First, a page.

'We will never forget her': Tributes to Jo Cox flood in on sixth anniversary of her death
At the start of the day's Parliamentary business on Thursday, Speaker Sir Lindsay Hoyle said: "Today marks the sixth anniversary of the death of Jox Cox who was murdered on her way to meet constituents in her Batley and Bank constituency.
"She was doing what so many of us do as constituency MPs and that was what made her death all the more shocking.
"May I express on behalf of the whole House our sympathy with her family, friends and colleagues on this sad anniversary. We will never forget Jo or her legacy. We remember her wise words that we have more in common that that which divides us."
Her husband Brendan posted on Twitter: "Six years ago today the person we loved most in the world was taken from us. Our family’s wish is that on this day we remember what we have in common, even with those we might disagree with. And to emphasise what connects us rather than what divides us.
"Tonight we will be celebrating Jo’s life with our own #GreatGetTogether where we’ll be fundraising to support refugees establishing news lives in this country. People who have lost everything being welcomed in the best traditions of British kindness and generosity.
"Jo’s murder was driven by hatred and designed to spread it. Instead it created an outpouring of love. And it’s Jo’s love that the kids and I will talk about today. Thank you as always for those of you (friends and strangers) who have been there for us through it all."
West Yorkshire mayor Tracy Brabin, who became the Batley & Spen MP after Ms Cox, said on Twitter: "On this dreadful anniversary sending love to Jo’s family, friends in #batleyandspen parliamentary colleagues & those who knew & loved her. She was a brave, bright & shining star & is deeply missed. The hate that took her from us will not win. Light eradicates dark."
A statement by the Jo Cox Foundation said: "Six years ago today, on 16 June 2016, Jo Cox was murdered while on her way to a constituency surgery in Batley and Spen. Those closest to Jo lost a devoted mum, daughter, sister, wife, friend, and colleague. The UK lost a talented parliamentarian, campaigner, and humanitarian.
"The causes Jo cared about still demand urgent action: protecting civilians in conflict, empowering women in politics, and building less lonely, more connected communities. We miss her voice and powerful advocacy on these crucial issues.
"Although Jo can’t be with us as we face today’s challenges, at The Jo Cox Foundation we are led by the values that guided Jo’s life: her sense of empathy, her belief in collaboration, and her ambition for change. We believe we have more in common than that which divides us.
"The anniversary of Jo’s murder is a moment of reflection and an occasion to remember her life and legacy. As an organisation, we continue our work to bring about the kinder society that Jo dedicated her life to building - inspired always by the example that she set."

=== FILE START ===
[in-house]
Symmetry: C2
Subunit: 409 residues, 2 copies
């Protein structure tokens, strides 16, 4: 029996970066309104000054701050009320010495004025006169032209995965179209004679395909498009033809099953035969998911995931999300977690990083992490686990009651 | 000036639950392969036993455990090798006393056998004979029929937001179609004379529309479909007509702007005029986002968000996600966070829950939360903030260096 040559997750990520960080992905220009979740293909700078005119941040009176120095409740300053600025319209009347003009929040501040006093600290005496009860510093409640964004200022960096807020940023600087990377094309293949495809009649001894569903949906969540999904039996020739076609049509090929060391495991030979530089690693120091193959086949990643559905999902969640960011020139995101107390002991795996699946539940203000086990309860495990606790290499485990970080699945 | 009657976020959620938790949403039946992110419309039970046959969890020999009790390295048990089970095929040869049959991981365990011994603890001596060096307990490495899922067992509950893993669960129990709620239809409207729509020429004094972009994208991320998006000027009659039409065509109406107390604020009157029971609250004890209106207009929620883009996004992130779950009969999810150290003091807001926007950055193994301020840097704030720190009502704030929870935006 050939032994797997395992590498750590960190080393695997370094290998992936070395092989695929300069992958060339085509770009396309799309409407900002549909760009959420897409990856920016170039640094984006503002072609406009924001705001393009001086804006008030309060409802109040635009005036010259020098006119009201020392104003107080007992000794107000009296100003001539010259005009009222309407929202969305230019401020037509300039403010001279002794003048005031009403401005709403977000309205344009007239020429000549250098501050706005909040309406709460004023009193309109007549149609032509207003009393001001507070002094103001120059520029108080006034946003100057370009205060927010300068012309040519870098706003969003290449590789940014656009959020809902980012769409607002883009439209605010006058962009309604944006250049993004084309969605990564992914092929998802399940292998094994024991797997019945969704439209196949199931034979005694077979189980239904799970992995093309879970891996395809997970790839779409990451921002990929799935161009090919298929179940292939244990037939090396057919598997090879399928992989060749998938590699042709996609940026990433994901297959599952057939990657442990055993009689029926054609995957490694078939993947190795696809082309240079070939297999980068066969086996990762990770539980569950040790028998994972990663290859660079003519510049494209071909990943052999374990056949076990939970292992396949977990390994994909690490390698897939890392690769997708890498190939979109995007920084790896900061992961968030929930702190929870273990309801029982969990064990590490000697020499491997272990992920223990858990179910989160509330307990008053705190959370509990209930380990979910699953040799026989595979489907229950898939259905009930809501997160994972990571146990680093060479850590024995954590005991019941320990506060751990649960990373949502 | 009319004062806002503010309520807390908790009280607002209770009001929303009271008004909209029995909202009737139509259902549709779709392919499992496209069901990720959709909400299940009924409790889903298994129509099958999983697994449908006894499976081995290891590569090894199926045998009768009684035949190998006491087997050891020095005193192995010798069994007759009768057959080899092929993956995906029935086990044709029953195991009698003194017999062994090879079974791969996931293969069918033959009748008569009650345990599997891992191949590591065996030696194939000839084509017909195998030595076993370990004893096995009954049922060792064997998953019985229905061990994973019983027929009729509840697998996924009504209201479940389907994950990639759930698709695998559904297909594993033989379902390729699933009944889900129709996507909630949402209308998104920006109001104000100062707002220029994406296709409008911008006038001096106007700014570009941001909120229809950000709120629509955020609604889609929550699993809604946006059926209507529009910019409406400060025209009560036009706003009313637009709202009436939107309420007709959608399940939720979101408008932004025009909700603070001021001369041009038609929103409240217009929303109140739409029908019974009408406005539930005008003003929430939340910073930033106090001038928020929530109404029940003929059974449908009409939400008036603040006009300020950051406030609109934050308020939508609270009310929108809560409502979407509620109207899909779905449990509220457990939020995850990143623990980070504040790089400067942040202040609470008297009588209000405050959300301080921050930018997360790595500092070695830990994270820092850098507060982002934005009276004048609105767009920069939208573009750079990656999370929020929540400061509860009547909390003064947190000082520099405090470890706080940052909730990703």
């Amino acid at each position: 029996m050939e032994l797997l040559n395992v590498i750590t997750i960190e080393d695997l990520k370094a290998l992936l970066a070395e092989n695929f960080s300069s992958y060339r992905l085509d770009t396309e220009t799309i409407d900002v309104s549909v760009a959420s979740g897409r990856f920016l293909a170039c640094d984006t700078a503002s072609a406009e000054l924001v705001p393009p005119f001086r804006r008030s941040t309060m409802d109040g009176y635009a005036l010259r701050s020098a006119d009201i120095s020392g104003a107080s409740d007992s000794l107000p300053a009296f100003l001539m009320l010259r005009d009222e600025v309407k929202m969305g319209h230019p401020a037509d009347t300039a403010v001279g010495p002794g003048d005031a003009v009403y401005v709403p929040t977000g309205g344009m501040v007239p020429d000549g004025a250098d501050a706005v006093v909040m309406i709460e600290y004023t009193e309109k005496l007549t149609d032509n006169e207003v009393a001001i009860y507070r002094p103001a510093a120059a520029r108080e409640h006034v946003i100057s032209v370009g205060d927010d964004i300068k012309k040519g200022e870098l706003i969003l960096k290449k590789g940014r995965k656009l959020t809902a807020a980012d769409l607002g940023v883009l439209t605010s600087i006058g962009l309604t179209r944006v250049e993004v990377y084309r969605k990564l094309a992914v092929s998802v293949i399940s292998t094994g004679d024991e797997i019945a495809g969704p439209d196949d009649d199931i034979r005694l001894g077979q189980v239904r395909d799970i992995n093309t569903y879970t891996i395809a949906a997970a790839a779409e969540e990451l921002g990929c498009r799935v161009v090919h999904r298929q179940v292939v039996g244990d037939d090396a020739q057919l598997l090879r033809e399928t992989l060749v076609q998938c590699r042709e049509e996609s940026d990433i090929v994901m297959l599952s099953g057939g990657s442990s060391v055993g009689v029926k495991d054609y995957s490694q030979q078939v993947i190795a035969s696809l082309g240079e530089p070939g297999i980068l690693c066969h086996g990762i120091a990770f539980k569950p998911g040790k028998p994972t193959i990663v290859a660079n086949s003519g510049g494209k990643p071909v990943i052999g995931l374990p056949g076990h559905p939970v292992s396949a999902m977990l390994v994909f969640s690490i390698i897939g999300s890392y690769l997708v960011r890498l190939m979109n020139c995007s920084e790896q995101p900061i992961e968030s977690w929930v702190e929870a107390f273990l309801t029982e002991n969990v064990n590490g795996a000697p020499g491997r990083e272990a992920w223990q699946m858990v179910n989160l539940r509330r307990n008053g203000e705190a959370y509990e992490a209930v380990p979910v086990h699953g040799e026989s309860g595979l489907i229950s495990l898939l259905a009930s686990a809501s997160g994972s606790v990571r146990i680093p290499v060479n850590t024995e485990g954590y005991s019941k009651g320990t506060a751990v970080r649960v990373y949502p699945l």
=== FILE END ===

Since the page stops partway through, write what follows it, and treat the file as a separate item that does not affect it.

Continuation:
In a Parliamentary debate on Government policy in Syria on Wednesday, Labour MP Alison McGovern fought back tears as she paid tribute to Jo Cox and her legacy.
The late Labour MP for Batley and Spen was a campaigner on issues relating to the Syrian civil war, and founded and chaired the all-party parliamentary group Friends of Syria, which is now led by Ms McGovern.
Mrs Cox was killed in 2016 when she was shot and stabbed by a neo-Nazi outside her constituency surgery a week before the EU referendum.
In her speech, Ms McGovern urged ministers to give an update on the Government’s strategy and diplomatic approach towards Syria.
The MP for Wirral South argued that “by turning away from conflicts like that in Syria, we allow the world to be a more dangerous place”.
As she was about to conclude, Ms McGovern fought back her tears as she quoted Mrs Cox describing Syria as “our generation’s test”.
Foreign Office minister Amanda Milling also paid tribute to the “legacy” of Mrs Cox and “her commitment to the people of Syria”.
Ms Milling insisted the Government is “committed to supporting the people of Syria that have not been forgotten”.
Ms McGovern said: “We are often reactive when it comes to these crises. When an emergency happens in the case of Syria, or in the case of Ukraine, we all want our say, and that’s only right in a democracy. But these crises and conflicts have a sustained impact on the world around us, be it in Syria or any other conflict that has seen such abysmal treatment of our fellow human beings.
“So we in this House must have the persistence and seriousness of purpose, to give effect to our values, to defend our interests and the moral discipline to see things through to the end.
“New cycles move on. We must not.”
After a brief pause to fight off the tears, Ms McGovern went on: “Jo described Syria as our generation’s test. But when you fail a test, you learn your lesson. And we must do that, not just for Syrians, who deserve better from us all, but every victim of every conflict wherever they may be, that we may see them not as a victim of some foreign war but very much the business of this House.”
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